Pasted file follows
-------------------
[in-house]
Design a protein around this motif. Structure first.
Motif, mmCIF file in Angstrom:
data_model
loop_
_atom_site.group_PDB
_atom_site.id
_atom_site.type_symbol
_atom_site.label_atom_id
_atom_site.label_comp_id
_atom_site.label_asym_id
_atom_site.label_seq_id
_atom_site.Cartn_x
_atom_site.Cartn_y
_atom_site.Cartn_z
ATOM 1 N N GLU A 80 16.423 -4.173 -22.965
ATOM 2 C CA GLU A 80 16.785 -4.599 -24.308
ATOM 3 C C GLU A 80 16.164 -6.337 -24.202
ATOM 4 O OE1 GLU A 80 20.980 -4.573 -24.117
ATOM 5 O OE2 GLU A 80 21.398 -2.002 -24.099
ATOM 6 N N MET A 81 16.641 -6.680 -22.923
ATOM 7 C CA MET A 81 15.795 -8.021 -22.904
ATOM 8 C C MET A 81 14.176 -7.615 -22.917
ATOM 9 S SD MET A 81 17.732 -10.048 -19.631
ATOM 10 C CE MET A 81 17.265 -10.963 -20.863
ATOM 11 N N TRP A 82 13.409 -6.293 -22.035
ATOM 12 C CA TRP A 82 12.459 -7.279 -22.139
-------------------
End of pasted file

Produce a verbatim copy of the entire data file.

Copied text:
[in-house]
Design a protein around this motif. Structure first.
Motif, mmCIF file in Angstrom:
data_model
loop_
_atom_site.group_PDB
_atom_site.id
_atom_site.type_symbol
_atom_site.label_atom_id
_atom_site.label_comp_id
_atom_site.label_asym_id
_atom_site.label_seq_id
_atom_site.Cartn_x
_atom_site.Cartn_y
_atom_site.Cartn_z
ATOM 1 N N GLU A 80 16.423 -4.173 -22.965
ATOM 2 C CA GLU A 80 16.785 -4.599 -24.308
ATOM 3 C C GLU A 80 16.164 -6.337 -24.202
ATOM 4 O OE1 GLU A 80 20.980 -4.573 -24.117
ATOM 5 O OE2 GLU A 80 21.398 -2.002 -24.099
ATOM 6 N N MET A 81 16.641 -6.680 -22.923
ATOM 7 C CA MET A 81 15.795 -8.021 -22.904
ATOM 8 C C MET A 81 14.176 -7.615 -22.917
ATOM 9 S SD MET A 81 17.732 -10.048 -19.631
ATOM 10 C CE MET A 81 17.265 -10.963 -20.863
ATOM 11 N N TRP A 82 13.409 -6.293 -22.035
ATOM 12 C CA TRP A 82 12.459 -7.279 -22.139